Transforming categorical data into numerical values for dummies

In the field of data science, converting categorical data into numerical values is an essential step for various machine learning algorithms.

Categorical data refers to data that represents categories or labels, such as gender, country, or color.

Most machine learning algorithms require numerical inputs, which necessitates the conversion of categorical data to a numerical format.

This article will discuss seven methods for transforming categorical data into numerical values: ordinal encoding, label encoding, one-hot encoding, binary encoding, hashing, target encoding, and date-time encoding.

Ordinal Encoding

Ordinal encoding is a technique that assigns a unique integer value to each category based on its rank or order. This method is suitable for ordinal data, which has a natural order or hierarchy, such as education levels or customer satisfaction ratings.

The main advantage of ordinal encoding is its simplicity, but one downside is that it may introduce artificial relationships between categories if there is no inherent order.

Label Encoding

Label encoding is a method that assigns a unique integer value to each category in a random or alphabetical order. It is useful for nominal data, which has no inherent order, such as colors or countries.

While label encoding is simple to implement, it can create misleading relationships between categories, as the assigned numerical values may not reflect any true relationship between the categories.

As a result, label encoding is best suited for simple classification tasks and tree-based algorithms, which are less sensitive to the encoding method.

One-hot Encoding

One-hot encoding is a popular technique that creates binary features for each category. This method involves creating a new feature for each category and assigning a value of 1 if the observation belongs to that category and 0 otherwise.

One-hot encoding results in sparse data, meaning that most values are 0, which can be computationally expensive for large datasets.

Despite its drawbacks, one-hot encoding is useful for linear models and algorithms that rely on the independence of features, as it does not create artificial relationships between categories.

Binary Encoding

Binary encoding is a compromise between label encoding and one-hot encoding. It assigns a unique binary representation to each category based on its integer value.

Binary encoding reduces the dimensionality of the data compared to one-hot encoding, making it more suitable for high-cardinality categorical data.

However, it may still introduce artificial relationships between categories and can be less interpretable than one-hot encoding.


Hashing is a technique that maps categories to a fixed-size hash table using a hash function.

This method can handle large numbers of categories and is memory-efficient, as it does not require storing the category mappings.

However, hashing can lead to collisions, where different categories are assigned the same hash value. This may result in a loss of information and reduced model performance.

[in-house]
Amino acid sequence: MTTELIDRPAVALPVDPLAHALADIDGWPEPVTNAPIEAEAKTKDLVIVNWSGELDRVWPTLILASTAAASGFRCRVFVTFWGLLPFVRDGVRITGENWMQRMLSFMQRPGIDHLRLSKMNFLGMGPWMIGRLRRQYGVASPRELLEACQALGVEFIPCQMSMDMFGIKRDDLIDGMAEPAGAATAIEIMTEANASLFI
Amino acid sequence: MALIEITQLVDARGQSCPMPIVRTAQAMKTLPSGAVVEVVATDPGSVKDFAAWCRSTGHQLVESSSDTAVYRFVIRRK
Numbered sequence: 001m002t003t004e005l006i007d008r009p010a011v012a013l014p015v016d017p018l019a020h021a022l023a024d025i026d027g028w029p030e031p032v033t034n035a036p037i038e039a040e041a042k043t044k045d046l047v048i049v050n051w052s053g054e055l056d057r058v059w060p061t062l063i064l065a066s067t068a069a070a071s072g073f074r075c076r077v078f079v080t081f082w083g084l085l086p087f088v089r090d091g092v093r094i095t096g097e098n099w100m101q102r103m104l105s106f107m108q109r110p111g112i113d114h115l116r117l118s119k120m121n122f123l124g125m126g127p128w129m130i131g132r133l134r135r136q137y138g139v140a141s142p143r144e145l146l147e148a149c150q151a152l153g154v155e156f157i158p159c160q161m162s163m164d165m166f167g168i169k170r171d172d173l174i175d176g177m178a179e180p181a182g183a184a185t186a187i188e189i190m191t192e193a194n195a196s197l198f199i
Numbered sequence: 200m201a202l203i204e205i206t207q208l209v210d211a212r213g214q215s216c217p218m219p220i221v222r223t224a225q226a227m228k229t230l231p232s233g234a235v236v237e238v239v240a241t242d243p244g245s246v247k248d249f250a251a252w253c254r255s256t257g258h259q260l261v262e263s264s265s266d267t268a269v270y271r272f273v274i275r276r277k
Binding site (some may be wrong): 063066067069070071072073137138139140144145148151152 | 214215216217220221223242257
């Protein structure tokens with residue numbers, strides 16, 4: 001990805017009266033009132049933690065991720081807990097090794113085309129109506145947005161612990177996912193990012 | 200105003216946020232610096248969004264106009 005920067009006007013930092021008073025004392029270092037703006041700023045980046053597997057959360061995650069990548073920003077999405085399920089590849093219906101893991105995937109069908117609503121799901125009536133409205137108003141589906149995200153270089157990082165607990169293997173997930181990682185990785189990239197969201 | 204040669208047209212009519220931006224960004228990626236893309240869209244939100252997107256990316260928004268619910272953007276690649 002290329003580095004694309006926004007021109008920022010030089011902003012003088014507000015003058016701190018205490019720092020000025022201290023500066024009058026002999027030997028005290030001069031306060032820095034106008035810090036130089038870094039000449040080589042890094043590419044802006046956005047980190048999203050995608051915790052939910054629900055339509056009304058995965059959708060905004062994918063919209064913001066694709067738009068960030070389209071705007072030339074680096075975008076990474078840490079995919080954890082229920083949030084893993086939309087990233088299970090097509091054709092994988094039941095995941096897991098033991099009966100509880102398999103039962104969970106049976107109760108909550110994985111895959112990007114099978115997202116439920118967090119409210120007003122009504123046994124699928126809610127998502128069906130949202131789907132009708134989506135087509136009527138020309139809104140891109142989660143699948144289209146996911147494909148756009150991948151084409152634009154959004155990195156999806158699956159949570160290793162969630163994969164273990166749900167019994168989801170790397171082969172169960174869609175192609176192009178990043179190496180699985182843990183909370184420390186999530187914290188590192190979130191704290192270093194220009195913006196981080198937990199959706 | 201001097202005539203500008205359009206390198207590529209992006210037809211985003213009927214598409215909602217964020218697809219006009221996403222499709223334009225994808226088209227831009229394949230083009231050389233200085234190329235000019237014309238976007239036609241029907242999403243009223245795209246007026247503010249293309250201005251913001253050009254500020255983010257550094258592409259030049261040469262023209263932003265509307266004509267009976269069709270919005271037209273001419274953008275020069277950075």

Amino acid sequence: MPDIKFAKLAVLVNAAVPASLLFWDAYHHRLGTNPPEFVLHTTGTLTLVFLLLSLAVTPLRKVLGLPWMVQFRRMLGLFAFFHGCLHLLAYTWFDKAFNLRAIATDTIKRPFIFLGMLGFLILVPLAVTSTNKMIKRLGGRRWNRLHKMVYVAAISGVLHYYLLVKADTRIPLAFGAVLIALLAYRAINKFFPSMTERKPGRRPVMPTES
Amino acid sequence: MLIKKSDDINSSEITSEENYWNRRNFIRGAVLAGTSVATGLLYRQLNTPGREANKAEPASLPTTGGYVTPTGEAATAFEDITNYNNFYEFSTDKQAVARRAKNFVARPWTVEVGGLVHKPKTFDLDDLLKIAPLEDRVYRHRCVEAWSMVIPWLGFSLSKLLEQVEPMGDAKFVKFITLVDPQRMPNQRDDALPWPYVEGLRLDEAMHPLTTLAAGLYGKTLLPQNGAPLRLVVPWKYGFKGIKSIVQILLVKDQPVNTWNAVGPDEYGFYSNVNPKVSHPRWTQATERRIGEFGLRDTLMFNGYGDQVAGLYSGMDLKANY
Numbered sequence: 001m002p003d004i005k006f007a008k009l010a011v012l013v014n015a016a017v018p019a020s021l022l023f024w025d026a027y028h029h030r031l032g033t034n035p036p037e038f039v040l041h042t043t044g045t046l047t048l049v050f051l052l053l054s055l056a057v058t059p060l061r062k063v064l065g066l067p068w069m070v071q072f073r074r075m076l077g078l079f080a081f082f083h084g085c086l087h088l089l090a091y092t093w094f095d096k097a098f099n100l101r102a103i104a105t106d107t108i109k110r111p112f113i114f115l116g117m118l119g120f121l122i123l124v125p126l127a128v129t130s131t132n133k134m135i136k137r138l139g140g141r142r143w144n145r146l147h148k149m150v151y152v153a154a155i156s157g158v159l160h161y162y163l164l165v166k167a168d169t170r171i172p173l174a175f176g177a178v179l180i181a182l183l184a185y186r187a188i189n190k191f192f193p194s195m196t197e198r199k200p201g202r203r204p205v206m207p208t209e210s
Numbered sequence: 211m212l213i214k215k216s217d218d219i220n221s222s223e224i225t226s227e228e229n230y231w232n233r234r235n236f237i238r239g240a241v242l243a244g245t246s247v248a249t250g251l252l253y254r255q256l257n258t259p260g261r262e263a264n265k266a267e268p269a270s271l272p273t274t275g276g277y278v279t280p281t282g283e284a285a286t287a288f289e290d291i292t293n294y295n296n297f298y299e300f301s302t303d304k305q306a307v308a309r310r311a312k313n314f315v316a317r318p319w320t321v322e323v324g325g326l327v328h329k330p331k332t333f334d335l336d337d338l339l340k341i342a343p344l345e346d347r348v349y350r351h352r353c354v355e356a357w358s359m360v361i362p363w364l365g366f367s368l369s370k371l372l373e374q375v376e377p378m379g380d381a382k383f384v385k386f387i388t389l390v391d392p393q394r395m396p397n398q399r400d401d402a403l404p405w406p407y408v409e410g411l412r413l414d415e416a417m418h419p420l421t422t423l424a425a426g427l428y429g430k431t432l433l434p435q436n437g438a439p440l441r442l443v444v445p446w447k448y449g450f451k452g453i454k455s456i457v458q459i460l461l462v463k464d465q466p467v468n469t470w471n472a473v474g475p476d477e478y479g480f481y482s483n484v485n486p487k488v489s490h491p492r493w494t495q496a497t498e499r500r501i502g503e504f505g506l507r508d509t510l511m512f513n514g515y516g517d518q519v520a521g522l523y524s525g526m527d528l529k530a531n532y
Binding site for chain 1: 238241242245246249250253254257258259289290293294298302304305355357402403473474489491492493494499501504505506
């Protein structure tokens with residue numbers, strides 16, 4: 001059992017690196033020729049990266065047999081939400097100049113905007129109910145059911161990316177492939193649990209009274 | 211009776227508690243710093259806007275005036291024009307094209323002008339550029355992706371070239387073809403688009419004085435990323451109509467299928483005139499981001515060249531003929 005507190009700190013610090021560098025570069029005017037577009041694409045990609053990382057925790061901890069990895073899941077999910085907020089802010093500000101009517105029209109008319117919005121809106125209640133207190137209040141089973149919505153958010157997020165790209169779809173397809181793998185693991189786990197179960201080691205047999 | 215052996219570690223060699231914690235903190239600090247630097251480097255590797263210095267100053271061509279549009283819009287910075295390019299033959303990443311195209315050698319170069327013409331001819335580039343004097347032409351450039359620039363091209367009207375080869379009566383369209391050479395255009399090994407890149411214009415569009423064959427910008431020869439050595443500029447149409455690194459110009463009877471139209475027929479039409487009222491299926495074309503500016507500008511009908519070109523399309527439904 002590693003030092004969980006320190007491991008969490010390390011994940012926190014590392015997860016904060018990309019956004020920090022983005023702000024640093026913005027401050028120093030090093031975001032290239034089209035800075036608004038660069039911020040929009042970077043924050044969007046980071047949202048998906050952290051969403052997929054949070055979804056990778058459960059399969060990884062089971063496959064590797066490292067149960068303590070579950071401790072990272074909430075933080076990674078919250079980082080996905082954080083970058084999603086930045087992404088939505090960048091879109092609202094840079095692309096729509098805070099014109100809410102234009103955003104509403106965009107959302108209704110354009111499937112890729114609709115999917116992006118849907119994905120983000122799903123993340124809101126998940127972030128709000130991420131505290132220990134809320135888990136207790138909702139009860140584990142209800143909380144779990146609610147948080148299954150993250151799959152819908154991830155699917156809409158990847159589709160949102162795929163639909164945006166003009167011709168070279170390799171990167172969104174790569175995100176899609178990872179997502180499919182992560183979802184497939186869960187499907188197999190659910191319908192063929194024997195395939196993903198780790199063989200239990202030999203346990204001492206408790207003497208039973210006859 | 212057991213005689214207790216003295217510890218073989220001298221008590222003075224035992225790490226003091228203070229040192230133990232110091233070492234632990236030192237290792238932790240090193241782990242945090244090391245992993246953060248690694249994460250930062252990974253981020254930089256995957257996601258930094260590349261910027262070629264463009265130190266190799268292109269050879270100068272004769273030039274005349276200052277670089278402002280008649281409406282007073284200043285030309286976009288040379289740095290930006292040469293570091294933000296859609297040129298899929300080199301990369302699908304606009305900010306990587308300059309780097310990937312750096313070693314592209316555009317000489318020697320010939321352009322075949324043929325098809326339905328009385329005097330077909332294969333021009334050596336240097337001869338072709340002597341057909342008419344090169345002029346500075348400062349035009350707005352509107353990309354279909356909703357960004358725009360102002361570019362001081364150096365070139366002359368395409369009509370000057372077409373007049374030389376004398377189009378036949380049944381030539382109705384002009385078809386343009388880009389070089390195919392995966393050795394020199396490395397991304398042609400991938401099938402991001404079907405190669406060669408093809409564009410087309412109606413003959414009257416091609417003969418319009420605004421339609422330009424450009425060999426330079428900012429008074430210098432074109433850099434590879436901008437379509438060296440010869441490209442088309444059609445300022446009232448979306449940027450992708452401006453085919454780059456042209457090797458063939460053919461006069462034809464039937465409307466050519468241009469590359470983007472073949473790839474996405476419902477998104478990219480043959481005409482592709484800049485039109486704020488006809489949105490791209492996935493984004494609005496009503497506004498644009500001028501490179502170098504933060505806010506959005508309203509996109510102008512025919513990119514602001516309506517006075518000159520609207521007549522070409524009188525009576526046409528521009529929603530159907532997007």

Hashing is best suited for situations with a large number of categories or when memory is a constraint.

Target Encoding

Target encoding, also known as mean encoding, is a method that replaces each category with the mean of the target variable for that category.

This technique captures the relationship between the categorical feature and the target variable, potentially improving model performance.

However, target encoding can introduce leakage if not applied carefully, as it uses information from the target variable during the encoding process.

To prevent leakage, it is essential to perform target encoding separately for the training and validation sets.

Date-time Encoding

Date-time encoding is a technique used to transform date and time variables into numerical features.

Dates and times can be decomposed into components such as year, month, day, hour, minute, and second, or transformed into cyclical features, such as day of the week or month of the year.

Date-time encoding enables algorithms to capture patterns and trends within temporal data, such as seasonality or daily fluctuations.

Additionally, it allows the creation of new features, such as time since a particular event or the difference between two dates.


Transforming categorical data into numerical values is a crucial step in preparing data for machine learning algorithms.

The choice of encoding method depends on the nature of the categorical data, the specific algorithm being used, and the desired balance between simplicity, interpretability, and model performance.

By understanding the advantages and drawbacks of each encoding method, data scientists and practitioners can make informed decisions about which technique is best suited for their particular use case.

Regardless of the method chosen, it is essential to apply encoding techniques carefully and consistently to avoid introducing artificial relationships or leakage, ensuring the highest possible model performance.

Leave a Comment